Agriculture Tom Vilsack announced the release of the first joint Notice 
of Funds Availability (NOFA) detailing the requirements, rules, and 
procedures for applying for BTOP grants and BIP grants, loans, and 
loan/grant combinations.[Footnote 2] Subsequently, the agencies held 10 
joint informational workshops throughout the country for potential 
applicants to explain the programs, the application process, and the 
evaluation and compliance procedures, and to answer stakeholder 
questions. NTIA and RUS coordinated and developed a single online 
intake system whereby applicants could apply for either BTOP or BIP 
funding. NTIA and RUS must award all funds by September 30, 2010, and 
both BTOP and BIP projects must be substantially complete within 2 
years and fully complete no later than 3 years following the date of 
issuance of their award. 

My testimony today discusses (1) the challenges and risks, if any, NTIA 
and RUS face in evaluating applications and awarding funds, and the 
steps they have they taken to address identified risks, and (2) the 
challenges and risks, if any, the agencies face in overseeing funded 
projects, and the steps they have taken to address identified risks. My 
testimony presents preliminary observations based on ongoing work we 
expect to complete this fall. 

To conduct our work, we are reviewing FCC, NTIA, and RUS program 
documentation. We are also interviewing relevant staff from the three 
agencies regarding their agencies' efforts to implement the broadband 
provisions of the Recovery Act. We are reviewing relevant laws and 
regulations; guidance from the Office of Management and Budget (OMB), 
DOC and the Department of Justice, and the Domestic Working Group; and 
prior GAO reports. We are comparing the agencies' efforts to the laws, 
regulations, and guidance to identify strengths and weaknesses in their 
efforts. To determine what reporting and audit requirements will apply 
to recipients of NTIA and RUS funding, we are reviewing the Single 
Audit Act,[Footnote 3] agency regulations and documents, and OMB 
guidance, and interviewing agency officials. Finally, we are 
interviewing stakeholder organizations representing a range of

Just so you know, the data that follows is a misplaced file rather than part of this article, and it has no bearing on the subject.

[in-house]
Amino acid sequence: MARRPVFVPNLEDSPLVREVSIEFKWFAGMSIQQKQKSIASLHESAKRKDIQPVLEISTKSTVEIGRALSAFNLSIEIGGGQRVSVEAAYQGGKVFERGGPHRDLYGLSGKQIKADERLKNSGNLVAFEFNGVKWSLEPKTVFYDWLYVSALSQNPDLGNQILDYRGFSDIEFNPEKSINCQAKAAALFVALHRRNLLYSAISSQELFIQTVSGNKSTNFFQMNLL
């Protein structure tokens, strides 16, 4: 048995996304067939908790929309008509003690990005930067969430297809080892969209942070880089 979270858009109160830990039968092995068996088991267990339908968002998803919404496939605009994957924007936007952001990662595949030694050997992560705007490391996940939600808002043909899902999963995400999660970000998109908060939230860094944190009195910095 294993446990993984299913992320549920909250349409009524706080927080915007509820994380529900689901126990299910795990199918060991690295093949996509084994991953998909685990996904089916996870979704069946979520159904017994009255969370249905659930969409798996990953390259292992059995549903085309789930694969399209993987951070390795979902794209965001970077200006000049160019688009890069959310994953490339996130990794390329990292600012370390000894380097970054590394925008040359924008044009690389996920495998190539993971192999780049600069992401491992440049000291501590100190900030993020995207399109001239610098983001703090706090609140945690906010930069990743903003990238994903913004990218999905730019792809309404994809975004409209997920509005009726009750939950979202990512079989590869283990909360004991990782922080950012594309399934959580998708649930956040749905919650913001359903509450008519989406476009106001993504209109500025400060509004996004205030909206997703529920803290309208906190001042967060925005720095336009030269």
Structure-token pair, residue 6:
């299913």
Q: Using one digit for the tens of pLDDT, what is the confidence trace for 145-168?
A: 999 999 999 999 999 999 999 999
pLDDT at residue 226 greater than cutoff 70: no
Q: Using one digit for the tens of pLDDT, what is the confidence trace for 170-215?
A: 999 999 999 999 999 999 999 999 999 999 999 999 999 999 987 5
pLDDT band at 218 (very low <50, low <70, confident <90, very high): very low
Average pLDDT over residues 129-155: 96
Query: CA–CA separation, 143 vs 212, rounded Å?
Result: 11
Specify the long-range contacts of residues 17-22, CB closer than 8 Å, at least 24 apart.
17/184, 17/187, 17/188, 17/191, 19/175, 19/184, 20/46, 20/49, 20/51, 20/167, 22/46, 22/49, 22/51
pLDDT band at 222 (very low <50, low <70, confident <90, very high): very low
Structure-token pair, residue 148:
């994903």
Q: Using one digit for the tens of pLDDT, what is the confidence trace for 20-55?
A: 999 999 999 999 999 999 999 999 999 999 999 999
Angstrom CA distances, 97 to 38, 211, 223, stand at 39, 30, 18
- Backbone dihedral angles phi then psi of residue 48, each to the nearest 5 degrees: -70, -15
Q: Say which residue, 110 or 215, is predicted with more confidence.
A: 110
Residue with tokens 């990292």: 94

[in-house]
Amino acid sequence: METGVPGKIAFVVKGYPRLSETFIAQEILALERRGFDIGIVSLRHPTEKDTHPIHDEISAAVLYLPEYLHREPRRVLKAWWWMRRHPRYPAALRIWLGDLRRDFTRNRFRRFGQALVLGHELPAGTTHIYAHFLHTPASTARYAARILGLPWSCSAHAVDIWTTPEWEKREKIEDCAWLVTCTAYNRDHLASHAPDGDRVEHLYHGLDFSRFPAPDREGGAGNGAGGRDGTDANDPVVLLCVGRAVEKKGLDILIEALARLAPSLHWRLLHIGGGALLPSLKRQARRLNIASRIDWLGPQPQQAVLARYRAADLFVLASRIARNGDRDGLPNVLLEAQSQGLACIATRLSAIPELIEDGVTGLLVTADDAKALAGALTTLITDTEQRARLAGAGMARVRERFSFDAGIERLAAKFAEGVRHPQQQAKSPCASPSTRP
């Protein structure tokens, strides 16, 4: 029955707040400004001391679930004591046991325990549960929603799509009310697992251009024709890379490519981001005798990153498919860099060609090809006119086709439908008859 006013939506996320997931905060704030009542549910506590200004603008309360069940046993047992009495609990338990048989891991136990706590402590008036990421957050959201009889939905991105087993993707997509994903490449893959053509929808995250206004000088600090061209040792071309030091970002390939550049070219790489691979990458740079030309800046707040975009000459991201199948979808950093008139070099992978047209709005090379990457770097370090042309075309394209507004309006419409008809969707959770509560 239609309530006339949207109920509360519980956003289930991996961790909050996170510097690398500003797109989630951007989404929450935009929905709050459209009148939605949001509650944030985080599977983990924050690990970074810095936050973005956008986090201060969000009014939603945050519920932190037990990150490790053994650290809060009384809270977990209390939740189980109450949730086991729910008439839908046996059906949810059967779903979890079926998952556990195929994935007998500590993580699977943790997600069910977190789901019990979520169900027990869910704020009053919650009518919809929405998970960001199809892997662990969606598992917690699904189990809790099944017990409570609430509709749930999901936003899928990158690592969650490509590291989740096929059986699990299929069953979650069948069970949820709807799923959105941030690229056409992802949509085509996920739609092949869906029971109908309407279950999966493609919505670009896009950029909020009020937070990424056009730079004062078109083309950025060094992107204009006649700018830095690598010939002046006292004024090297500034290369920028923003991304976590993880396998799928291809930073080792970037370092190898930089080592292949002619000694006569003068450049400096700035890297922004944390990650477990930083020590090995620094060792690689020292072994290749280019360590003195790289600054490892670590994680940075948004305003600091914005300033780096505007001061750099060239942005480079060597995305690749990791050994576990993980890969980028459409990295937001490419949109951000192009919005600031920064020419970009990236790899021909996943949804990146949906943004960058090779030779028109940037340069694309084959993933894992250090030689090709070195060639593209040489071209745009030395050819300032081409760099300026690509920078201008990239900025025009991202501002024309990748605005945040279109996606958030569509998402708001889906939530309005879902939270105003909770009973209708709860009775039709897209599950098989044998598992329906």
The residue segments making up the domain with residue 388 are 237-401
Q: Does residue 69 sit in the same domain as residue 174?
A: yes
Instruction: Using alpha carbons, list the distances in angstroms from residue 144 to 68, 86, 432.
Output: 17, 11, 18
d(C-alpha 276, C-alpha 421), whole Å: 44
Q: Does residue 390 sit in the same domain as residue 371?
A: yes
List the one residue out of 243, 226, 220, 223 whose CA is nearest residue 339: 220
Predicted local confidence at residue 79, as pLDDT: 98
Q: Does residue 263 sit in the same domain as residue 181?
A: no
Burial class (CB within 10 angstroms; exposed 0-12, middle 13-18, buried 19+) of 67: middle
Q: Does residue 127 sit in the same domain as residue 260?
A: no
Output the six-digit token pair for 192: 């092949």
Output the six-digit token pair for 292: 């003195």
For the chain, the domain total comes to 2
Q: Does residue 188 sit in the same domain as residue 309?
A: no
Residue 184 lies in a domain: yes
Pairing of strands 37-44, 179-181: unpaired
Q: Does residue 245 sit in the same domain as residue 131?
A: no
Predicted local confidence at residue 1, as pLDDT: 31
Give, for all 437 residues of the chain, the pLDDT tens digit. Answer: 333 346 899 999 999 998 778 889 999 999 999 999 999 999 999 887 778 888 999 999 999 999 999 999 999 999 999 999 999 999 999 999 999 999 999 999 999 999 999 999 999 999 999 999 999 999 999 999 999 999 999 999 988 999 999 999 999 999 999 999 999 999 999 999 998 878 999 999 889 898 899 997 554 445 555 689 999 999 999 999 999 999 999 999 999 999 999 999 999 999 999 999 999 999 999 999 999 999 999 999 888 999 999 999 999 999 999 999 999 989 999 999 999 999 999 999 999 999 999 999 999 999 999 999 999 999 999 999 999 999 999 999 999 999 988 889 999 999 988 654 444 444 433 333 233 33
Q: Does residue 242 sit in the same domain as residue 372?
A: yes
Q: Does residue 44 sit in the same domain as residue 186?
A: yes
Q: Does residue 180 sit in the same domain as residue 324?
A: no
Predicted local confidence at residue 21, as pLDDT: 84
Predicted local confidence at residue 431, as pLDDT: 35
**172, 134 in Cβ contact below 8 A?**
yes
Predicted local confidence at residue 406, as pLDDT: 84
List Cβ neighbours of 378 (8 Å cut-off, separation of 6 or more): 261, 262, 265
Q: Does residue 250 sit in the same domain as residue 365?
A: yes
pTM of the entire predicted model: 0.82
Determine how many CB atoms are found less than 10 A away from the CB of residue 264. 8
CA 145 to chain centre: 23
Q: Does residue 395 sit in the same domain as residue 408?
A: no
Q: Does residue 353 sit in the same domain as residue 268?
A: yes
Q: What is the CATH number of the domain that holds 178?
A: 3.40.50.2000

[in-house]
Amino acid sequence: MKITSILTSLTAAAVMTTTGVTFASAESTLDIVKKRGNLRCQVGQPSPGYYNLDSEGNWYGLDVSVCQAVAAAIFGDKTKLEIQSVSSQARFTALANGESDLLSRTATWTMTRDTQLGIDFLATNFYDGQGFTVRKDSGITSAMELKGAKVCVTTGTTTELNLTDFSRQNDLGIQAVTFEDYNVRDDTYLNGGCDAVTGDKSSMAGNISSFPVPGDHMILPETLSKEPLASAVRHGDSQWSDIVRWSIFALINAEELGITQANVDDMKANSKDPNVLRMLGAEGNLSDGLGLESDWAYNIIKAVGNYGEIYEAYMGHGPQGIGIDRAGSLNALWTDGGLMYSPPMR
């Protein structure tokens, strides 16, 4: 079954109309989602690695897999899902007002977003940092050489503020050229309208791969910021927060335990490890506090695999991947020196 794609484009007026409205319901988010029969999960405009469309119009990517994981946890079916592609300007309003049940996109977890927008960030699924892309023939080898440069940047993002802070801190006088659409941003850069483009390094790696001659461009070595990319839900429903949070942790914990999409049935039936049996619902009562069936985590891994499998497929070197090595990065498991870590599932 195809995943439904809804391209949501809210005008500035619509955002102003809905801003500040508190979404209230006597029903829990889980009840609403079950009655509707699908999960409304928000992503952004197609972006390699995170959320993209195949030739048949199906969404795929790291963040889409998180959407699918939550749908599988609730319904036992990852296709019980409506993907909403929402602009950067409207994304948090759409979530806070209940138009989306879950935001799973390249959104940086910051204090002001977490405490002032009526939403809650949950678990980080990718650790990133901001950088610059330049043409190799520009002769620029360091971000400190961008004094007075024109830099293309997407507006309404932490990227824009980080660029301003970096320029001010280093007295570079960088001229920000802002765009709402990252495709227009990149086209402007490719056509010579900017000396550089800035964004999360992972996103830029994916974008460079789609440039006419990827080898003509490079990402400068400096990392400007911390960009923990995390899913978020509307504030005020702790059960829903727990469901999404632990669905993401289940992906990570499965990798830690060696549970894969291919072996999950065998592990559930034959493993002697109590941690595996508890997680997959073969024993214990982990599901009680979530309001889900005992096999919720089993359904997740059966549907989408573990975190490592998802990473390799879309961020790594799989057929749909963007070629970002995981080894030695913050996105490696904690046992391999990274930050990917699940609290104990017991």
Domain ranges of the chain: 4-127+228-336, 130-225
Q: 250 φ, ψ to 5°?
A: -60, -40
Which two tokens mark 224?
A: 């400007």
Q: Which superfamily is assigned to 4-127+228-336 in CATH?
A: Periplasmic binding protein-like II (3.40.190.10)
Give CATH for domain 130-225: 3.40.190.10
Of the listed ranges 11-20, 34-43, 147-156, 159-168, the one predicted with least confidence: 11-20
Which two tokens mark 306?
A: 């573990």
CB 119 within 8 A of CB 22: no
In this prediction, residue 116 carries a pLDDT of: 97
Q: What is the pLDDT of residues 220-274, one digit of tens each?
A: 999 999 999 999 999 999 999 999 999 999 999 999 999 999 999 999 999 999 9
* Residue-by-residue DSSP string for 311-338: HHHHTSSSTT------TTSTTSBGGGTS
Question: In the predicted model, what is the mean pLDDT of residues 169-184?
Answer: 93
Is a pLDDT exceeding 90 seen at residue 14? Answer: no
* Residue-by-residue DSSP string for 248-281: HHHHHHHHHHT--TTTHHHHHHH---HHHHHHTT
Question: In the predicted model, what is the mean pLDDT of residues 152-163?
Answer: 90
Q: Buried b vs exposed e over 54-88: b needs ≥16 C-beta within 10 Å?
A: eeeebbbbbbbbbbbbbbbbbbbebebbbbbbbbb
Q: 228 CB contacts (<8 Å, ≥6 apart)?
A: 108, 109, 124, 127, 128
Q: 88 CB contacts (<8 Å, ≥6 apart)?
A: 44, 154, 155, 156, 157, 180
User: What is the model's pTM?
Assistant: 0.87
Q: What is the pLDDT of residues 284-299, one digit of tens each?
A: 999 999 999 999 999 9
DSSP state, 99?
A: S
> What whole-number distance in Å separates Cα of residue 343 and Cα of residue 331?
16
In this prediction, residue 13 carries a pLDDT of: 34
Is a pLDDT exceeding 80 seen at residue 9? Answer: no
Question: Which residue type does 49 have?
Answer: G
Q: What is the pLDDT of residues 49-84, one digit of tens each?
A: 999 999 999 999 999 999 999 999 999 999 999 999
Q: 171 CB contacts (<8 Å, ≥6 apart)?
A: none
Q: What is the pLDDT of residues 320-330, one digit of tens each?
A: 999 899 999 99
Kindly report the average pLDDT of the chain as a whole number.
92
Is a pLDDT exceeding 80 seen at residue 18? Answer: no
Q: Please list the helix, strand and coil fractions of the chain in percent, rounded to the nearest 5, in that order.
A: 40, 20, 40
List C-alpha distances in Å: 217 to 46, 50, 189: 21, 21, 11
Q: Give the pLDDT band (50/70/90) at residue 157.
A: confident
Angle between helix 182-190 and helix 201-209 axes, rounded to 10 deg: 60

interests, including associations representing wireline, wireless, 
cable, and satellite service providers; consumer advocates; 
telecommunication policy researchers; and state telecommunications 
regulators to obtain their views on the potential challenges and risks 
facing the agencies. We are conducting this performance audit, which 
began in April 2009, in accordance with generally accepted government 
auditing standards. Those standards require that we plan and perform 
the audit to obtain sufficient, appropriate evidence to provide a 
reasonable basis for our findings and conclusions based on our audit 
objectives. We believe that the evidence obtained provides a reasonable 
basis for our findings and conclusions based on our audit objectives. 

NTIA and RUS Have Taken Steps to Address Scheduling, Staffing, and Data 
Challenges; However, Some Risks Remain: 

NTIA and RUS face scheduling, staffing, and data challenges in 
evaluating applications and awarding funds. The agencies have taken 
steps to meet these challenges, such as adopting a two-step evaluation 
process, utilizing nongovernmental personnel, and publishing 
information on the applicant's proposed service area. While these steps 
address some challenges, the agencies lack the needed time to apply 
lessons learned from the first funding round and face a compressed 
schedule to review new applications. As a result, the agencies may risk 
awarding funds to projects that are not sustainable or do not meet the 
priorities of the Recovery Act. 

NTIA and RUS Face Scheduling, Staffing, and Data Challenges in the